I retained the original author’s emphasis.

BMD

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I wish to remind my readers of one unseen risk in all this, one that literally no one else has talked about. Southern Europe and much of the Balkans, whilst nominally “Western” in lip service, is really a long-lost religious remnant of the Eastern world.  The mediaeval Orthodox world was born from the Orthodox Byzantine Empire (sic), which stretched from Asia Minor, all the way through the Balkans, and westward as far as Serbia! The Greeks, who always had a great deal in common with Russia, are of the same Orthodox religious cloth as the Russians are. Both Russia and Greece represent ancient civilisations, formed by Constantinople. Serbia, Bulgaria, Greece, Macedonia, and even parts of Bosnia all have the same religious lineage… they’ve all felt for centuries that they were “fish out of water” within Catholic Europe.  Excepting Romania, there’s almost a direct ecumenical “land bridge” connecting Russia to the Balkans (remember, the Ukraine is very much Orthodox).  

“Watchman, I think you’re making too big a deal out of this religious angle!”

Maybe, but ask yourself… what would a Grexit mean for Russia and the Orthodox world?

A Grexit would serve to re-establish an autonomous independent Orthodox foothold on the European continent (which Russia would quickly make a key partner). Therefore, a Grexit would effectively create a symbiotic relationship between Greece and Russia, creating an economic and cultural “magnetic pull” upon the rest of Orthodox Southern Europe, drawing them to parts further East (further into Russia’s sphere of influence). A Grexit would be a dream come true for Moscow, as it’d take the by-gone dream of a geographically unified all-Orthodox world (as well as the entire Eurasian trade zone) one huge step closer to reality.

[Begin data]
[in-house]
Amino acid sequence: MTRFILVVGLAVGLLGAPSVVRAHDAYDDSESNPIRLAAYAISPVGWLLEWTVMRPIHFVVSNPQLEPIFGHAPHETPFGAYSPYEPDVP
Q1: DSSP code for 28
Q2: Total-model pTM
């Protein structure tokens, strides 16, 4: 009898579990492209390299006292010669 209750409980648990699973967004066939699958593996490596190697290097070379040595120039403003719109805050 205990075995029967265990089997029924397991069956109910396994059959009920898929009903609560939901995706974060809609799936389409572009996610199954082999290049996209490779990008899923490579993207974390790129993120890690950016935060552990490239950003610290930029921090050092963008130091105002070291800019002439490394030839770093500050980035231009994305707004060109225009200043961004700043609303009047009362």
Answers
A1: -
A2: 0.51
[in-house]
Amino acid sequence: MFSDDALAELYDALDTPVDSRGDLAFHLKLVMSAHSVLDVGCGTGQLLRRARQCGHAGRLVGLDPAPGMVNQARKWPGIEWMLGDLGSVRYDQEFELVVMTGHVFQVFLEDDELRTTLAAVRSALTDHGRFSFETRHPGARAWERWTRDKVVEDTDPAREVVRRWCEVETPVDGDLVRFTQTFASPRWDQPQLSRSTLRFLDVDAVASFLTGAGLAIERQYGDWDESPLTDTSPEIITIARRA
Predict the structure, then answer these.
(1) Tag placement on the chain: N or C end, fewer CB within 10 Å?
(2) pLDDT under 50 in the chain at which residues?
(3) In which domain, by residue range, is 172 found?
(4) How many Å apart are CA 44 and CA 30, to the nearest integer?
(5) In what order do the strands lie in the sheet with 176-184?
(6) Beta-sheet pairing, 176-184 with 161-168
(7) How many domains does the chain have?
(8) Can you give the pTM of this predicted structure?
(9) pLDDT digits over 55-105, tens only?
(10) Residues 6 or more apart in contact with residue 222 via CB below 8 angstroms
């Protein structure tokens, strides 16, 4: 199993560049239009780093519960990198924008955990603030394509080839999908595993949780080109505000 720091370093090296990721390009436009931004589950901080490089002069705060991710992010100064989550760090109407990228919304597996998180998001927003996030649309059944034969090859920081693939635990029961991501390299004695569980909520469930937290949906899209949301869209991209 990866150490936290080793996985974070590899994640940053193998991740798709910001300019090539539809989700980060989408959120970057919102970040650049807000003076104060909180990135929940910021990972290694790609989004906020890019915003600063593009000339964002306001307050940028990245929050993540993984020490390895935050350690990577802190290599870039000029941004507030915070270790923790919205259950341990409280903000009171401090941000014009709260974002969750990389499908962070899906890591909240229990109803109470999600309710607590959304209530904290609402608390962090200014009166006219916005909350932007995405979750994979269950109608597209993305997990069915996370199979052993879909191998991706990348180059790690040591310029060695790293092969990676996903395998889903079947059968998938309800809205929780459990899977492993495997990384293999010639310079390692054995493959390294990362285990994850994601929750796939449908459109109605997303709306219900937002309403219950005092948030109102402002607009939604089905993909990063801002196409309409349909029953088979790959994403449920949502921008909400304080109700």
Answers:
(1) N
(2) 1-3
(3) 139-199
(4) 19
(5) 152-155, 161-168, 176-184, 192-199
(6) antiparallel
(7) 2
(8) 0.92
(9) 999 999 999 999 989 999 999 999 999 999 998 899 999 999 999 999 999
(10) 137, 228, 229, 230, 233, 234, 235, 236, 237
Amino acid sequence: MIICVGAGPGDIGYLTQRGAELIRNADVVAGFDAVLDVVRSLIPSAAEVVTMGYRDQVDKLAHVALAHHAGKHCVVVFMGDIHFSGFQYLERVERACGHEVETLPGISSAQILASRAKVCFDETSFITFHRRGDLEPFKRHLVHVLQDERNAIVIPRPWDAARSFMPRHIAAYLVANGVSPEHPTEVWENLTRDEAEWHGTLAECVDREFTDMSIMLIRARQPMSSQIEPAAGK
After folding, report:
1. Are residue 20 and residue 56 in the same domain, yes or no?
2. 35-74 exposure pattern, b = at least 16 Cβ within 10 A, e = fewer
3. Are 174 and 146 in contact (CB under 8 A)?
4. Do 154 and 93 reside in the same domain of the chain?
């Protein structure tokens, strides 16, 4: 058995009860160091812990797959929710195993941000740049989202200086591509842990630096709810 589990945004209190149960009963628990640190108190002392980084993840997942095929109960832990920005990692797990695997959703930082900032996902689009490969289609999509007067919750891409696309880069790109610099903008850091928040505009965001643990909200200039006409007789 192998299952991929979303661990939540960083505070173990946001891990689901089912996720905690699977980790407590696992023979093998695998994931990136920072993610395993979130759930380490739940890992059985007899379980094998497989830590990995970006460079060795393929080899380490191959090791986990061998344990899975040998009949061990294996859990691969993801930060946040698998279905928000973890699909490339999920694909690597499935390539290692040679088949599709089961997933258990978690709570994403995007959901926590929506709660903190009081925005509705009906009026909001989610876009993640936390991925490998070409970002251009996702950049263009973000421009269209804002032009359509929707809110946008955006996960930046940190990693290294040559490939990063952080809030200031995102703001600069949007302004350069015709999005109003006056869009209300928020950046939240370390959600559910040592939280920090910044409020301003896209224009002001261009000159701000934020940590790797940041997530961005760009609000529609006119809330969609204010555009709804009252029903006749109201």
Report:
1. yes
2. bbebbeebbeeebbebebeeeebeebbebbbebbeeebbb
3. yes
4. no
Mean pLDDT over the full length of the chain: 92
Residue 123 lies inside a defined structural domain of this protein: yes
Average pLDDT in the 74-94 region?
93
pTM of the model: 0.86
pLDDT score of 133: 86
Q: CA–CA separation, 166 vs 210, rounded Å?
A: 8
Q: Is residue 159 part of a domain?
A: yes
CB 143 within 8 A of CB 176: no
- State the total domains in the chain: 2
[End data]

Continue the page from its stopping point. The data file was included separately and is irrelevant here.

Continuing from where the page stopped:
Trust me, if Greece leaves the EU, they’d find a most hearty reception in Eurasia, as it’d be a religious homecoming! Moreover, what of Orthodox Bulgaria?  Do you think that the Bulgarians are maybe feeling more than a tad bit slighted, after Brussels and DC forced them to give up South Stream to the Turks (their historic enemies)?  There’s so much going on here that 99 percent of commentators are totally missing. Look, I understand that some of you aren’t religious, but when we’re talking about geopolitics and the make-up of civilisation itself, don’t underestimate the important reality of religious considerations that come into play here. Besides… Merkel doesn’t want Greece (and its newly discovered hydrocarbon reserves) to slip through her fingers. With Russia acquiring a huge, new energy boon in its reunification with the Crimea, The EU’s list of friends with untapped extensive hydrocarbon reserves is growing rather thin!

26 January 2015

The Wealth Watchman

http://thewealthwatchman.com/the-hidden-threat-of-this-greek-situation/

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Konstantin Makovsky. Bulgarian Martyrs. 1877

Bulgarian Martyrs

Konstantin Makovsky

1877

Such events as those pictured in the painting did occur in the Ottoman-ruled Balkans. The worst of the Ottoman bullyboys were the Albanians, their cruelty, barbarity, and rapine was well-known, yet, they often showed cowardice in open battle. Not much has changed in that regard, has it? The locals welcomed the Russian troops as liberators from Turkish oppression wherever they went. The ordinary people of the Balkans have never forgotten that the Russians freed them from slavery. Only small minorities of the so-called local élites support the USA and its militant nihilism. Most Balkan people still support Russia and Orthodoxy. NATO had best not count on any of its Balkan members; they’re in for a rude surprise…